May 13, 2004
Made it through three great articles recently:
1. As noted before, I read Lemley and Reese’s UDRP for P2P infringement cases. It’s a worthwhile read no matter what you think should be done about P2P infringement. If you think that the lawsuits should continue, then it’s a more efficient and possibly more humane method. They suggest lower penalties in a less costly legal system for both copyright holder and P2P user. More lawsuits with lesser penalties would help counter the critique that the lawsuits are unfair, leveling enormous penalties on a few of many million infringers (see Lemley and Reese in other paper as well as Lichtman). The authors also explicitly discuss how this streamlined enforcement process would work for the EFF’s VCL. After all, you would still need some threat of enforcement against “stragglers.” It makes more sense to do so in a cheaper, streamlined fashion than through the costly civil infringement process with huge penalties.
2. Sonia Katyal’s The New Surveillance provides a fascinating framework to understand numerous privately-enforced ways of policing consumers. These ways include section 512 (including notice-and-takedown and the expedited subpoena provision), DRM and section 1201, “bots” that search for copyrighted materials, and interference (primarily interdiction). This policing matters in terms of the threat to privacy but also in how it ties into controlling and chilling legitimate use of copyrighted materials. It is particularly problematic because it is extrajudicial in nature; enabled by certain laws, but determined mostly by private actors, namely copyright holders. Katyal discusses the resulting panopticism and the effects on speech, privacy, and autonomy. I’m not quite sure yet if it makes sense to lump so many technologies and actions together, but it is a helpful lens.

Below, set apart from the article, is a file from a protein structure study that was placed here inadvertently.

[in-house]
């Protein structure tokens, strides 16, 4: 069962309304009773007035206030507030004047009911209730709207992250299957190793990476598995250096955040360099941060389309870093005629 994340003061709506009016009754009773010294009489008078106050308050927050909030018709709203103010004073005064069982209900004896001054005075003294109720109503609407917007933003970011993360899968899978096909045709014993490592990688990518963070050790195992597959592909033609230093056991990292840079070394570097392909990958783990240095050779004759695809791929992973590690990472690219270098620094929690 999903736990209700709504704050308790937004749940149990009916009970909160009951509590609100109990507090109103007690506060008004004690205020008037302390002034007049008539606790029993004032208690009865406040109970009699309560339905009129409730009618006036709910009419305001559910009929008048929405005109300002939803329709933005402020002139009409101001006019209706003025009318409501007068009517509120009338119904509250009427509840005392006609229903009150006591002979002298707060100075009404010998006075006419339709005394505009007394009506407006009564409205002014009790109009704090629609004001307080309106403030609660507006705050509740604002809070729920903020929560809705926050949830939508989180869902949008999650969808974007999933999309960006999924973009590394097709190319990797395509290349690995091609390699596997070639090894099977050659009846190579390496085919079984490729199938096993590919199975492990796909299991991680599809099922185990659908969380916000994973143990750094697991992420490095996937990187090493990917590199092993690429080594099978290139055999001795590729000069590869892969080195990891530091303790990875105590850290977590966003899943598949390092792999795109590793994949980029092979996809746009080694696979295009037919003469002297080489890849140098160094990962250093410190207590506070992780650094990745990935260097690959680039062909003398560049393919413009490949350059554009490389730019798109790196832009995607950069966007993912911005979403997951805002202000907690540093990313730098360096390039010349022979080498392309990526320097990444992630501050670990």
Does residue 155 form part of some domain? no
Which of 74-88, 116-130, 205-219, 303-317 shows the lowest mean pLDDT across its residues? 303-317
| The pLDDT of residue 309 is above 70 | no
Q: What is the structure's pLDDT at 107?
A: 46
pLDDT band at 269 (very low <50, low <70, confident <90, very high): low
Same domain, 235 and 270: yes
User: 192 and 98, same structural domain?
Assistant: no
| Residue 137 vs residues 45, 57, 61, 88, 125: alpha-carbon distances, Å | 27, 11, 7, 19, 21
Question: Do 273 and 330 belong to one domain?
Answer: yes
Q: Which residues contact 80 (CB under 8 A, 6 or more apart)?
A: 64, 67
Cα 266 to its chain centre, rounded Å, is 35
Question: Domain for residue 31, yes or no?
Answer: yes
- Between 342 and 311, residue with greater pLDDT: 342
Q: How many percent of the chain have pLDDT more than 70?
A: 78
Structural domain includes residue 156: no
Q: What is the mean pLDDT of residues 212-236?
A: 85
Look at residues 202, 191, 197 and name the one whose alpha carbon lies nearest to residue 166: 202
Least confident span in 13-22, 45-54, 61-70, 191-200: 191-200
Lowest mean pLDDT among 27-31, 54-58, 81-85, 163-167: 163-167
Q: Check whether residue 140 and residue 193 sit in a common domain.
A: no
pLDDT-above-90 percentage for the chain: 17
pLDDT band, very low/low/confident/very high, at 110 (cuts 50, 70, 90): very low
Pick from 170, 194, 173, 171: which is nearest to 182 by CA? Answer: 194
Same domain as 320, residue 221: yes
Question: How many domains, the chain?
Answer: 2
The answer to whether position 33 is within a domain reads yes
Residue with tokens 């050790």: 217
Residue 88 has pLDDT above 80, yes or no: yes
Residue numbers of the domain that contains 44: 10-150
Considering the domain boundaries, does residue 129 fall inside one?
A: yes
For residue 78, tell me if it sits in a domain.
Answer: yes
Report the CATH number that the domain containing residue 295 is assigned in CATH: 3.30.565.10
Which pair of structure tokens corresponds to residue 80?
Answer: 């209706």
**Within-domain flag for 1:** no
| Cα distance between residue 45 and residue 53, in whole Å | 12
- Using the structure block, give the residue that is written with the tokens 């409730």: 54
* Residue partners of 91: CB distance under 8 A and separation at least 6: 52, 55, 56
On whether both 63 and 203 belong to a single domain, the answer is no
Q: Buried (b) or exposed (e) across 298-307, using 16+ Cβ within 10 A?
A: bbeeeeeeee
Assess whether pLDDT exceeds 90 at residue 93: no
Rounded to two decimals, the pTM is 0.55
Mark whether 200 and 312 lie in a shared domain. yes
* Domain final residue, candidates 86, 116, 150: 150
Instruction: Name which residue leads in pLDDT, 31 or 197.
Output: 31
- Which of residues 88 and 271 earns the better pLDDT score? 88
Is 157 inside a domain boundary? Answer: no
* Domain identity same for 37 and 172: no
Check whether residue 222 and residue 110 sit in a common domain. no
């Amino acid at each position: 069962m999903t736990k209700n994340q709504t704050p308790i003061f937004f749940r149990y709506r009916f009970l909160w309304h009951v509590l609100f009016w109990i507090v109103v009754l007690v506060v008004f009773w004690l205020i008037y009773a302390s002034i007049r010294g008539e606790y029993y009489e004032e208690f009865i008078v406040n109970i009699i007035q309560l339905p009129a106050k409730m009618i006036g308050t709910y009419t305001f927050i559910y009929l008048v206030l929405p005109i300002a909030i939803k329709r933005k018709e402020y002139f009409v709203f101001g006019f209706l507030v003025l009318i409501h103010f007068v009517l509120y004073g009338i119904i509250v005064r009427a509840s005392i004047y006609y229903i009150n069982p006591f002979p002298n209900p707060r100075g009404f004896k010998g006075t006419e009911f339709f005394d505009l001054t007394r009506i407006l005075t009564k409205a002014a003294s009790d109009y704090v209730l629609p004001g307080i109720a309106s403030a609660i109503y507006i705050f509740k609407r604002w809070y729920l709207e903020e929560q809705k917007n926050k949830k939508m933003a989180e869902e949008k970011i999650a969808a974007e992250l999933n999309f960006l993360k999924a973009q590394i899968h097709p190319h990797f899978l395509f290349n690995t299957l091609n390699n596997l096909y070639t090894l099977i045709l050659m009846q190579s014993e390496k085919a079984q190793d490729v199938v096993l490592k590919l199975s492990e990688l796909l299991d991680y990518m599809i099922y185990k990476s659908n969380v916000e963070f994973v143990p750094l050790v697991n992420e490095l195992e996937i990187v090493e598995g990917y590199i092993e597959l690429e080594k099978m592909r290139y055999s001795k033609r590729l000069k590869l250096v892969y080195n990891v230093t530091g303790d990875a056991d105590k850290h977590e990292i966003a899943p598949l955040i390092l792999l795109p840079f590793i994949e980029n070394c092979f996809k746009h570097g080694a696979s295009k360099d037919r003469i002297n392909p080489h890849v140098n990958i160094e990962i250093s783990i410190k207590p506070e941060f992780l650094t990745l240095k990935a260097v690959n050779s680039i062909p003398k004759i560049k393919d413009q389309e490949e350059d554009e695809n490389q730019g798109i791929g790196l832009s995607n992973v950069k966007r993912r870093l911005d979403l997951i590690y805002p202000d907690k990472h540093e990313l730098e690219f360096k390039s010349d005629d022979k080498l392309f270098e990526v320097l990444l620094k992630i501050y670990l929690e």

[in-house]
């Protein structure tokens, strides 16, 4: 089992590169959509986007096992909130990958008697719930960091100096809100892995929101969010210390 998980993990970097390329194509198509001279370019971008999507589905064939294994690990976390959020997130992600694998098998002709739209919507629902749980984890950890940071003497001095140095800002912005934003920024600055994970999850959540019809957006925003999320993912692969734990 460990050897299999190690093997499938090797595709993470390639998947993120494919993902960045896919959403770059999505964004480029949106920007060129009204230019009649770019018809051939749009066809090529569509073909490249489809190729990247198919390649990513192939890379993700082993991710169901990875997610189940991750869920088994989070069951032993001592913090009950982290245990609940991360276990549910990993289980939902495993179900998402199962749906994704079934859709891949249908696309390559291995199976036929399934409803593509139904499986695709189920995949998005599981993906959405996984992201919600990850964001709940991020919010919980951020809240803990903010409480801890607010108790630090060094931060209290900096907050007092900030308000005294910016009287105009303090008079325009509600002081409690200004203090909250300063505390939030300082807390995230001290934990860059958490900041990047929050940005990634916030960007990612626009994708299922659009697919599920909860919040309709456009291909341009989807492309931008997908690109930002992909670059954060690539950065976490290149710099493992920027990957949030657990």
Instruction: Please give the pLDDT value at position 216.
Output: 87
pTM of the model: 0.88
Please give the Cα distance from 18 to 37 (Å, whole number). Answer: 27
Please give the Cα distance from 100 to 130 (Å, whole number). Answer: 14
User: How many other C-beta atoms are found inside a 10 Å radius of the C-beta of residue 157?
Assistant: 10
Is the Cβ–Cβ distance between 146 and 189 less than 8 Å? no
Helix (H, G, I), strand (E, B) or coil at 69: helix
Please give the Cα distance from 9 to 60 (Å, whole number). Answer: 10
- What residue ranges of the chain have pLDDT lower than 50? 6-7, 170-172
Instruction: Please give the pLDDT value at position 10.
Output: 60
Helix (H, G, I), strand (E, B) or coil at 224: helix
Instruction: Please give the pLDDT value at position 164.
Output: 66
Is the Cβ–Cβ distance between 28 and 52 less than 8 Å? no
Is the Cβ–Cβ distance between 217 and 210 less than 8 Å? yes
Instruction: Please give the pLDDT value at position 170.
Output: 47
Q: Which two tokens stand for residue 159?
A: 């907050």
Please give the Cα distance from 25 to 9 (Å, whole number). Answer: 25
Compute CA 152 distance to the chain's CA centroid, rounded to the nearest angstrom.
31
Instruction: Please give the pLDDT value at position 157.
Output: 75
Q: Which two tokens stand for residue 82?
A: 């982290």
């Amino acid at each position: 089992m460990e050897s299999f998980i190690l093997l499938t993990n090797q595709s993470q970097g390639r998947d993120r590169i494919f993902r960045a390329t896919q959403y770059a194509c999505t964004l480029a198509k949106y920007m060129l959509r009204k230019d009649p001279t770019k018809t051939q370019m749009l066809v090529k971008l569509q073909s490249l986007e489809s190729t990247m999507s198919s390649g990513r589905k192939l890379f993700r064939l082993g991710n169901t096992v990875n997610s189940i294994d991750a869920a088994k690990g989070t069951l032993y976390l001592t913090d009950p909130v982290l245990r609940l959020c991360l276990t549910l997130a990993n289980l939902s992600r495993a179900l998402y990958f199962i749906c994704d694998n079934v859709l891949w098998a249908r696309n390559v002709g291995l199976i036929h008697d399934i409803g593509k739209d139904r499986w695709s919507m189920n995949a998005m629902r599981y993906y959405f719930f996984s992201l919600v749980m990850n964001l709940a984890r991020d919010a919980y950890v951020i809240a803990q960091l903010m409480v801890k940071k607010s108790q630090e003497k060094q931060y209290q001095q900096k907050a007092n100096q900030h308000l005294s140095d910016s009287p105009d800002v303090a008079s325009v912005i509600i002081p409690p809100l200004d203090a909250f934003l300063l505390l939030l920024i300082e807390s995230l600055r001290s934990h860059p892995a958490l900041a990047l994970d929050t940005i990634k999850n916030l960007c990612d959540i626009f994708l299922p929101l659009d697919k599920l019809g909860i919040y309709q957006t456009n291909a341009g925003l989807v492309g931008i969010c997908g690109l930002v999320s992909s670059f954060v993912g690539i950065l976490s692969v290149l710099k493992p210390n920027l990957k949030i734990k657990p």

3. Tim Wu’s Copyright’s Communications Policy provides another amazing framework, this time in the ways copyright resembles other communications policy, governing distributors of information. Like in telecom policy, copyright involves choosing a “stewardship” or “competetive and open” model for distributors; whether assigning a strong property right to incumbents or removing barriers to market entry for new innovators will lead to the best result. Wu takes on a trip through copyright’s history as well as telecom’s to show similarities. He also addresses the Sony doctrine in the P2P age as a communications issue. One really interesting, somewhat unusual point he makes is that, contra Litman, a less complicated copyright statute wouldn’t necessarily be better when looking at it from this communications policy viewpoint. A “future proof” copyright law that could work no matter what technology comes along would not necessarily have the vagueness and uncertainty that allows those new technologies to come along. Uncertainty in the law can be bad for copyright owners and technology creators, but it can also enable new entry because incumbents do not have by definition have control. While this uncertainty leads both sides to spend large sums trying to get government on its side, that process can lead to better, compromise solutions. Ambiguity is thus a feature, not a bug – sound familiar?